When the news reached the Thebans they hastened to the rescue. Coming upon the Thracians1
before they had gone far, they took away the spoil and, putting them to flight, pursued them to the Euripus, where the ships which had brought them were moored.
Of those who fell, the greater number were slain in the attempt to embark; for they did not know how to swim, and the men on board, seeing what was happening, had anchored their vessels out of bow-shot2
. In the retreat itself the Thracians made a very fair defence against the Theban cavalry which first attacked them, running out and closing in again, after the manner of their country; and their loss was trifling. But a good many who remained for the sake of plunder were cut off within the city and slain. The whole number who fell was two hundred and fifty, out of thirteen hundred.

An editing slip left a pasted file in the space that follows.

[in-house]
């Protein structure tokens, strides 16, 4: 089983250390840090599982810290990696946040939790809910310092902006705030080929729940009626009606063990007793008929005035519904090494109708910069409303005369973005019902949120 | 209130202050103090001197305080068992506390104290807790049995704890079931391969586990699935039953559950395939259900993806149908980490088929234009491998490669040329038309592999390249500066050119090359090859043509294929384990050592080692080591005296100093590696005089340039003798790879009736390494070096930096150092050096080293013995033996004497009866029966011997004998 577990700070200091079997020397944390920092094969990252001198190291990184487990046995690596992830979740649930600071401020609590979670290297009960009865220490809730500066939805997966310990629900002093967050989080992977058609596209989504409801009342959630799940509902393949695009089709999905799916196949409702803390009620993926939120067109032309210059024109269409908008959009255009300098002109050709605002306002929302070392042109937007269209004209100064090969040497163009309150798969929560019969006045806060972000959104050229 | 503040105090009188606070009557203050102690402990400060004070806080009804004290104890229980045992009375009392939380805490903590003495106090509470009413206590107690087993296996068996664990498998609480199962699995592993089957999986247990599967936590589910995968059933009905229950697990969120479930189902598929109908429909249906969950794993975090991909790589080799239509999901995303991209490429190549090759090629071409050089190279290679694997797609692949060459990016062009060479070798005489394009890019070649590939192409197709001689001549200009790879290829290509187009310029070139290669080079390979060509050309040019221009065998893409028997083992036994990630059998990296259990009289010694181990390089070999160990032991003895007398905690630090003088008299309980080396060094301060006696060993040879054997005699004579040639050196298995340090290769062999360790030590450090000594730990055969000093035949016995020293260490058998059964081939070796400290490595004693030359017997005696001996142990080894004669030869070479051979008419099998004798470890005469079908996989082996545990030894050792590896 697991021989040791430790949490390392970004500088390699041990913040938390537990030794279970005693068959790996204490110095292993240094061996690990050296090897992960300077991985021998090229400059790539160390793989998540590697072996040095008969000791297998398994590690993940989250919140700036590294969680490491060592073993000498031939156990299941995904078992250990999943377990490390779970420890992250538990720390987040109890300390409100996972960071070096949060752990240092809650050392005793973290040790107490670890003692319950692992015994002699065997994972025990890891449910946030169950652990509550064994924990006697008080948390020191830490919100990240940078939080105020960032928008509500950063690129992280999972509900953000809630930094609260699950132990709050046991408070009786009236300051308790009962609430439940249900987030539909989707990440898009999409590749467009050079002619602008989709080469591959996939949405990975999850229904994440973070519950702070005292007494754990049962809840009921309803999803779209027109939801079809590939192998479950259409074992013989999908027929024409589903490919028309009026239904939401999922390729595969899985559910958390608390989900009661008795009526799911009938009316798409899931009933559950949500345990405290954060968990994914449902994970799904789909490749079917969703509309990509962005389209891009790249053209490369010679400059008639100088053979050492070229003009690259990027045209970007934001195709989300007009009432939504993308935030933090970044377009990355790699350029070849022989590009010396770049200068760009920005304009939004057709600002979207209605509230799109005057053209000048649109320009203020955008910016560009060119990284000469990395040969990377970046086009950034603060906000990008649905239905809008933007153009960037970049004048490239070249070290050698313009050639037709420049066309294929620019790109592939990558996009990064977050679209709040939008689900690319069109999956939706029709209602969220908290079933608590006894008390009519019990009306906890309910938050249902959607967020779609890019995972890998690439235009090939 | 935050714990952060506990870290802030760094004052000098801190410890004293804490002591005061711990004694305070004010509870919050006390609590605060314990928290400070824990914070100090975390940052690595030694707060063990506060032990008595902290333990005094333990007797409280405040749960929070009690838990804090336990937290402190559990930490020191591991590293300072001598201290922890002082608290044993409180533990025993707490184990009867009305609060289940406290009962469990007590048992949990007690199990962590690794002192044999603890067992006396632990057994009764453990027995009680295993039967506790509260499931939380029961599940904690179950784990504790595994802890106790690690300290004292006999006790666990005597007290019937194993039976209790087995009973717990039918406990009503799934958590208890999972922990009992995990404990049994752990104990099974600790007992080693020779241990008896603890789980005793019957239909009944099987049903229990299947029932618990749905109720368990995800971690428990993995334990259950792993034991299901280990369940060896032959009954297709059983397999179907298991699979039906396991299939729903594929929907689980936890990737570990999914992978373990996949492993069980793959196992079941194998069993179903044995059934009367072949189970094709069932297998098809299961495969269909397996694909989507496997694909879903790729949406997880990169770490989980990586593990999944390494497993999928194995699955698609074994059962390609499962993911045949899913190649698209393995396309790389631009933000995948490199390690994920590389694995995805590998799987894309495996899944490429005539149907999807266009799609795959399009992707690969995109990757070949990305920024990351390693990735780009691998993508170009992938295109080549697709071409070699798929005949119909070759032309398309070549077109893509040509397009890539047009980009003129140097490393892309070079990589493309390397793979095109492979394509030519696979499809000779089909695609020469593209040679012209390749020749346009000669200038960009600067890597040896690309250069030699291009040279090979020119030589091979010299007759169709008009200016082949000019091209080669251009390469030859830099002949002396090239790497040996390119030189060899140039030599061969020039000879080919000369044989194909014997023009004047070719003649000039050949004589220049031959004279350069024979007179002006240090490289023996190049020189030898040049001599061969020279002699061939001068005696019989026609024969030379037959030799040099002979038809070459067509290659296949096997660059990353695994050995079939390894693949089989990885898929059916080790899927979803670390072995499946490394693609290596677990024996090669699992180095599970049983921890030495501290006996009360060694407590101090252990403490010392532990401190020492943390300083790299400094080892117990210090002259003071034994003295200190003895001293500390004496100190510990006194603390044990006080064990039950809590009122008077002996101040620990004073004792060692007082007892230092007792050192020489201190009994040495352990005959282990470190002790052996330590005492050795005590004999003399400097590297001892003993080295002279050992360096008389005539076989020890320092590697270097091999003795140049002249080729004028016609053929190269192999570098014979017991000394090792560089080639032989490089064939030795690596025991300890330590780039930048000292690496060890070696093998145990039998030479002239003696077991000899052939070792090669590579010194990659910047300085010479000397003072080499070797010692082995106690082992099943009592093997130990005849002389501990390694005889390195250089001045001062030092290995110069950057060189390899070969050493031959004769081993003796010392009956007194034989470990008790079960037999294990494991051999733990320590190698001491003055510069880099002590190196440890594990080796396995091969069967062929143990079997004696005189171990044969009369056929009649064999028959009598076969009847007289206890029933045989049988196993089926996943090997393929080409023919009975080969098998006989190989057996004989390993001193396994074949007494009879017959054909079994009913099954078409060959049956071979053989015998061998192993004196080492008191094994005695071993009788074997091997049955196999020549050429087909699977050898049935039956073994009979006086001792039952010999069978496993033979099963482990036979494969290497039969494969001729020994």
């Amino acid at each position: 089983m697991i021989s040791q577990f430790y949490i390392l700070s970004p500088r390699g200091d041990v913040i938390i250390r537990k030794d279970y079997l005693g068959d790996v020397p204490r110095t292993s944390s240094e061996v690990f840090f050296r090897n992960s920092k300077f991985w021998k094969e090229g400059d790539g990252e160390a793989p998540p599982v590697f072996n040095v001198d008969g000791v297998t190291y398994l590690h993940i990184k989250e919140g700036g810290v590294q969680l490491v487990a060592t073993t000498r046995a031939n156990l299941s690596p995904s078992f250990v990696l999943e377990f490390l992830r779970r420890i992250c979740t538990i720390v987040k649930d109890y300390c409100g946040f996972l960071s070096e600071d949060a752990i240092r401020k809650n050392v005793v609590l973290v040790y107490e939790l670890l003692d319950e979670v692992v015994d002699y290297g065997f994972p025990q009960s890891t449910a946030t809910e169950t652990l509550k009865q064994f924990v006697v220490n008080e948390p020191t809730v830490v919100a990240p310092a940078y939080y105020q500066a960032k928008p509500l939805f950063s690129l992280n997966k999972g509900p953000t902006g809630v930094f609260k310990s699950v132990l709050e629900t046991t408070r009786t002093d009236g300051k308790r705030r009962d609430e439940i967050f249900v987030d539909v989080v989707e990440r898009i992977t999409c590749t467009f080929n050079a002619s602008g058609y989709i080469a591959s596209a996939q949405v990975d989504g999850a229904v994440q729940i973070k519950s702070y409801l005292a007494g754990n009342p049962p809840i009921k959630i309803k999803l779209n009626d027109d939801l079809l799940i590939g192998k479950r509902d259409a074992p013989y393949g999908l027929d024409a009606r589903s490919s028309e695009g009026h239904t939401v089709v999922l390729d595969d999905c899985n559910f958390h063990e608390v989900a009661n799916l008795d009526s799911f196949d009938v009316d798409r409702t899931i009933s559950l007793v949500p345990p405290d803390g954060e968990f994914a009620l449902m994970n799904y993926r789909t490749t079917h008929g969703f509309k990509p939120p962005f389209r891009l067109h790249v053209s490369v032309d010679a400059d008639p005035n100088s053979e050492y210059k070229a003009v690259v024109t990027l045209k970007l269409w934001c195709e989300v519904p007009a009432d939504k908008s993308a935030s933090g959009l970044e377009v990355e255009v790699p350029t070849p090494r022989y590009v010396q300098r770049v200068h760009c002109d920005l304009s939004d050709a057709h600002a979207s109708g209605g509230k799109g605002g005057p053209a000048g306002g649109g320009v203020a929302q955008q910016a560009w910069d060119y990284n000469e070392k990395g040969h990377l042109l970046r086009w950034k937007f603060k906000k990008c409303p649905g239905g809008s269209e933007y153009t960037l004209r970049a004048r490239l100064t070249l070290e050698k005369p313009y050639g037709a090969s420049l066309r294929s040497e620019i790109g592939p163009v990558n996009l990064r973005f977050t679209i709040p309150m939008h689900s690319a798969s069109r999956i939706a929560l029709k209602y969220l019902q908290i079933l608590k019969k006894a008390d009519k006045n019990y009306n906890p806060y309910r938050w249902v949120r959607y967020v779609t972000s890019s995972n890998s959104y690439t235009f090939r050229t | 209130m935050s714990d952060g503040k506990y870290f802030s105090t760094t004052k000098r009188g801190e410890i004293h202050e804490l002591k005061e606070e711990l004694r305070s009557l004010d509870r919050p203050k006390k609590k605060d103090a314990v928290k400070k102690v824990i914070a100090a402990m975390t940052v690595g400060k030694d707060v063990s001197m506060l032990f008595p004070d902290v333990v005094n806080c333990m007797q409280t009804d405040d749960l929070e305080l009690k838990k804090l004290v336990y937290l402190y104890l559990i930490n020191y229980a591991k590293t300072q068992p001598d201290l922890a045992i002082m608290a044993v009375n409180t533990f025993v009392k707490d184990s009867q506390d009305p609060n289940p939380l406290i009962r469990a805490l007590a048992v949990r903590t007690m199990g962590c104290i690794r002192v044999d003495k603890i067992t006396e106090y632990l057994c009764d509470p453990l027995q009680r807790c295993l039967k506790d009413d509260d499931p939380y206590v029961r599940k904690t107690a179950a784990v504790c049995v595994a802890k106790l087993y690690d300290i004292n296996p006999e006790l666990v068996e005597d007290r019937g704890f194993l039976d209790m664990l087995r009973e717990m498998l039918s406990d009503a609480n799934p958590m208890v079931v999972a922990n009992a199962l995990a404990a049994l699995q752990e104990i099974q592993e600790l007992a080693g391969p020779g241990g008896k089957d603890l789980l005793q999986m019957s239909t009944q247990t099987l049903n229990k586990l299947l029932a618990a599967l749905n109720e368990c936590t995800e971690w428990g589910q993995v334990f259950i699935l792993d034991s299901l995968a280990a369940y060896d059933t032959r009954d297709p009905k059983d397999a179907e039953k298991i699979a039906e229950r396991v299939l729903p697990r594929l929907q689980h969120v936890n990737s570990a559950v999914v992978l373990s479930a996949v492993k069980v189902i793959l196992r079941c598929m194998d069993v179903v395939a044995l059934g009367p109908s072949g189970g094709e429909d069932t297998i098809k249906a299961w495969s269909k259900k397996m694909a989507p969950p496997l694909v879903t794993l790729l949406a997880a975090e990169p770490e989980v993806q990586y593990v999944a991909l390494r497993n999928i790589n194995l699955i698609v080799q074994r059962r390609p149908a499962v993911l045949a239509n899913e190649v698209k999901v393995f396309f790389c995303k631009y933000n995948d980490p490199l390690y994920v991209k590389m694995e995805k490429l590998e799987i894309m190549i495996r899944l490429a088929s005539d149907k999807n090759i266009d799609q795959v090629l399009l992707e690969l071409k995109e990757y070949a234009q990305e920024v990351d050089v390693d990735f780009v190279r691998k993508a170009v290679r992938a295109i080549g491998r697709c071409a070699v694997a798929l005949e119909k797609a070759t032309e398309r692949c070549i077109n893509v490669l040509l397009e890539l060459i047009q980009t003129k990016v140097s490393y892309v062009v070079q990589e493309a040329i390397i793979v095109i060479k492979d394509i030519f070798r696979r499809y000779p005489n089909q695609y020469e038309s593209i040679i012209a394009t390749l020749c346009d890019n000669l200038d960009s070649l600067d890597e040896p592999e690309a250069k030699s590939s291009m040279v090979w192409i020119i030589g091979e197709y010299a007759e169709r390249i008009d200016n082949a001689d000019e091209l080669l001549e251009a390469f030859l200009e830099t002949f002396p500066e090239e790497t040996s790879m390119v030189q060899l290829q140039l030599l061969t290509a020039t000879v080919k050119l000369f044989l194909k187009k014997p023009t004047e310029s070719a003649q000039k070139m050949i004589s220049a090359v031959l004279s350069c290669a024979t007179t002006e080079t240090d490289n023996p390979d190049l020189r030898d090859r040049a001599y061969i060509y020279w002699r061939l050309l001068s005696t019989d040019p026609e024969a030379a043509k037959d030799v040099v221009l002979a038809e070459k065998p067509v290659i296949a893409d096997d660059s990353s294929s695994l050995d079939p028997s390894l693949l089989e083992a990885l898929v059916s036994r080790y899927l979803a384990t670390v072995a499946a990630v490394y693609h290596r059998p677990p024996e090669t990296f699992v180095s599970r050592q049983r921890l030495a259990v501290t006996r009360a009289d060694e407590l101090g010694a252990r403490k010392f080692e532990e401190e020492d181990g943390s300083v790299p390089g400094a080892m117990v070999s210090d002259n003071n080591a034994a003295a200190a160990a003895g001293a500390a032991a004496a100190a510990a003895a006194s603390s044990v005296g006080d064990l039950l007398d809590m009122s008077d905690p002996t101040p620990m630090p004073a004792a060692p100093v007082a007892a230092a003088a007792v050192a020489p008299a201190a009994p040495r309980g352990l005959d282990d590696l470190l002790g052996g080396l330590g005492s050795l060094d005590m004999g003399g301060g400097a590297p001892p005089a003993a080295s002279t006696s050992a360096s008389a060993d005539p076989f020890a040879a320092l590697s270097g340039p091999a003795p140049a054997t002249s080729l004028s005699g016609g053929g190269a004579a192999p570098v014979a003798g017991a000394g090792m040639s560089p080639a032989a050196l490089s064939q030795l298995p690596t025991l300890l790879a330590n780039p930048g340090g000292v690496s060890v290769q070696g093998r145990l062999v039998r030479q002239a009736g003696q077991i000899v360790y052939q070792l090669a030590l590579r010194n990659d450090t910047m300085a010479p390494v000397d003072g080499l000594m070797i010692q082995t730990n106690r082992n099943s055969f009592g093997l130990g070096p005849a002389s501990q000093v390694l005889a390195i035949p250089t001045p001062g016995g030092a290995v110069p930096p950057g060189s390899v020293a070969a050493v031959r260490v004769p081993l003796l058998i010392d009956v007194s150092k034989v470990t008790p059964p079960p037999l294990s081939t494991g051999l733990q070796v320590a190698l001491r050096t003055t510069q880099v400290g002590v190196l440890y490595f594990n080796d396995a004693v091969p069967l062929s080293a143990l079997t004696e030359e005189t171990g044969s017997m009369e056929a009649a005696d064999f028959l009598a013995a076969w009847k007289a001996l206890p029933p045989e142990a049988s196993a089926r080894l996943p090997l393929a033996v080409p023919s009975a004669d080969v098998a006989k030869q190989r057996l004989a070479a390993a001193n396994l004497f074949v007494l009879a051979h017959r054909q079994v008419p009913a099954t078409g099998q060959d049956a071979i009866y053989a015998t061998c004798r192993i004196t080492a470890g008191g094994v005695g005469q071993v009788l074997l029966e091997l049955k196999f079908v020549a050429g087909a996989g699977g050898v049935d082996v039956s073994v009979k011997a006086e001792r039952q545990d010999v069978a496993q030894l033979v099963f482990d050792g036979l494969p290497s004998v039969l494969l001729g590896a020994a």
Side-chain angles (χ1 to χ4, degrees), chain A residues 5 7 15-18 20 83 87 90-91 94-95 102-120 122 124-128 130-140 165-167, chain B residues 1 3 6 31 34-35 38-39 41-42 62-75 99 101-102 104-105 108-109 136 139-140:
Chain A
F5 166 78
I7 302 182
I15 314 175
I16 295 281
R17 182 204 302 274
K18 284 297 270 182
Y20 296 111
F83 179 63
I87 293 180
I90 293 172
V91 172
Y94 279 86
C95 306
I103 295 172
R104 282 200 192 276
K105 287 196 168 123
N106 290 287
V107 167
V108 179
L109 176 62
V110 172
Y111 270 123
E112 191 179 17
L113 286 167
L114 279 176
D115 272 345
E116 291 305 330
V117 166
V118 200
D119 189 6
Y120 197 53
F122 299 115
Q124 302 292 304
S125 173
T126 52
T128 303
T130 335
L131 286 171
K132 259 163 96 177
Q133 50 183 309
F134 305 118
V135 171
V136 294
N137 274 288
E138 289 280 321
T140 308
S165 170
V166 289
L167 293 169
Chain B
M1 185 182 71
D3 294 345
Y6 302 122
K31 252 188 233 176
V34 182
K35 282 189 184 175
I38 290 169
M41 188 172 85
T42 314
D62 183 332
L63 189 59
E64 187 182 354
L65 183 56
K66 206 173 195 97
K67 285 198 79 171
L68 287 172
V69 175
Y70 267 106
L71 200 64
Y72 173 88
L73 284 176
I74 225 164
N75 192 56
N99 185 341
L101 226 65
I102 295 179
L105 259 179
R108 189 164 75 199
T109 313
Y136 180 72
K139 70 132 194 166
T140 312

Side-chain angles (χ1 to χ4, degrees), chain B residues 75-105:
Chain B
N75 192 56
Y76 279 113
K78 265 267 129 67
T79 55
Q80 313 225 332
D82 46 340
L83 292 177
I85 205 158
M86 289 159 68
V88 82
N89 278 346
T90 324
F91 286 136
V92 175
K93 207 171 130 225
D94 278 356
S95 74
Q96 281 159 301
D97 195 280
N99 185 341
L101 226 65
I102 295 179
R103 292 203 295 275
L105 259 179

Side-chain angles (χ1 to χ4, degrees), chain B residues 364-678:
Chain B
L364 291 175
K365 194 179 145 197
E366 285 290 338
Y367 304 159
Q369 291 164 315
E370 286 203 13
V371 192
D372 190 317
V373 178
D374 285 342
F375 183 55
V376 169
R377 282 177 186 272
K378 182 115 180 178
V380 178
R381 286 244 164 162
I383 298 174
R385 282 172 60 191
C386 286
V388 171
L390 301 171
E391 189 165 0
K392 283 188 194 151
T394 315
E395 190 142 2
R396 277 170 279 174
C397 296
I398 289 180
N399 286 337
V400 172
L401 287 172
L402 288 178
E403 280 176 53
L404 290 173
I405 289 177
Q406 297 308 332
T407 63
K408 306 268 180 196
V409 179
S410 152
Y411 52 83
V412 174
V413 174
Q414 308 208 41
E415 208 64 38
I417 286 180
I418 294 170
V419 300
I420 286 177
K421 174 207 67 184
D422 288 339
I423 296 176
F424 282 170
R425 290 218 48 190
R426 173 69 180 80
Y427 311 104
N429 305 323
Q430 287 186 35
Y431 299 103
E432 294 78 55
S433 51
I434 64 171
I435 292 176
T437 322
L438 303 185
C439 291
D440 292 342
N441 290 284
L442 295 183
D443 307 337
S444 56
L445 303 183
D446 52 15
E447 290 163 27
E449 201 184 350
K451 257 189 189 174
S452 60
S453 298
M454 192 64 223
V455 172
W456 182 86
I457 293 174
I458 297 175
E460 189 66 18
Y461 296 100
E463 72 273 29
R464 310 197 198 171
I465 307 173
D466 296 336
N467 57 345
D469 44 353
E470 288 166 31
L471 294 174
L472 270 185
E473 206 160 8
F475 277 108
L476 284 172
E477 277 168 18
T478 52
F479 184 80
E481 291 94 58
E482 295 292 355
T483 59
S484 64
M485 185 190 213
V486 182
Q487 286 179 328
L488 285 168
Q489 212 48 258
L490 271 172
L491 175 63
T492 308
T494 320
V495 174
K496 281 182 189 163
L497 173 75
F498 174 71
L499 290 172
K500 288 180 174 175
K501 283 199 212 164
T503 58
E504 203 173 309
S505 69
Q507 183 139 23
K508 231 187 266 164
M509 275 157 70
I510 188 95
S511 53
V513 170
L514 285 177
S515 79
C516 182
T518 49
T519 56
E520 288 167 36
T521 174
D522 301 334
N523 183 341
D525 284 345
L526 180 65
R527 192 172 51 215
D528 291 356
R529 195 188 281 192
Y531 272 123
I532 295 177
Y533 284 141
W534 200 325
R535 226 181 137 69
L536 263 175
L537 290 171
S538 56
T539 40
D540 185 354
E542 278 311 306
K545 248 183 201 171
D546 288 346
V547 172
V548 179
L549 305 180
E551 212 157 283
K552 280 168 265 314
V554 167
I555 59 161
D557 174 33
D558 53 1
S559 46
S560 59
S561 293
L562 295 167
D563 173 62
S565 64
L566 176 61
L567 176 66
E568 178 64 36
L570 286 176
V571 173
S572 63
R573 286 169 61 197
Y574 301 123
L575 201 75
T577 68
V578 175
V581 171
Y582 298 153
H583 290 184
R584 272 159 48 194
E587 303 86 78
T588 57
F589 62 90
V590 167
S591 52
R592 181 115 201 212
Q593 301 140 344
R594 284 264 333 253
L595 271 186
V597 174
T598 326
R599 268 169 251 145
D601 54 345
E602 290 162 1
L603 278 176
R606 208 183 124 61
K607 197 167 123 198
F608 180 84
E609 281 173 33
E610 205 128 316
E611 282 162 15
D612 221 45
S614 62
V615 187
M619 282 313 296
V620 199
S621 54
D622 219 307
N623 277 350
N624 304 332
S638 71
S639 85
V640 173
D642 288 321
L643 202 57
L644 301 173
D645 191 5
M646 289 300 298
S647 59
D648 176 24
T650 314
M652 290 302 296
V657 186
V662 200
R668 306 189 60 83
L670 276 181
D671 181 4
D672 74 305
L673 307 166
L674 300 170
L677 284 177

They killed, however, some of the Thebans and others who came to the rescue, in all about twenty, both horsemen and hoplites. Scirphondas, one of the Theban Boeotarchs, was slain. A large proportion of the Mycalessians perished. Such was the fate of Mycalessus; considering the size of the city, no calamity more deplorable occurred during the war.3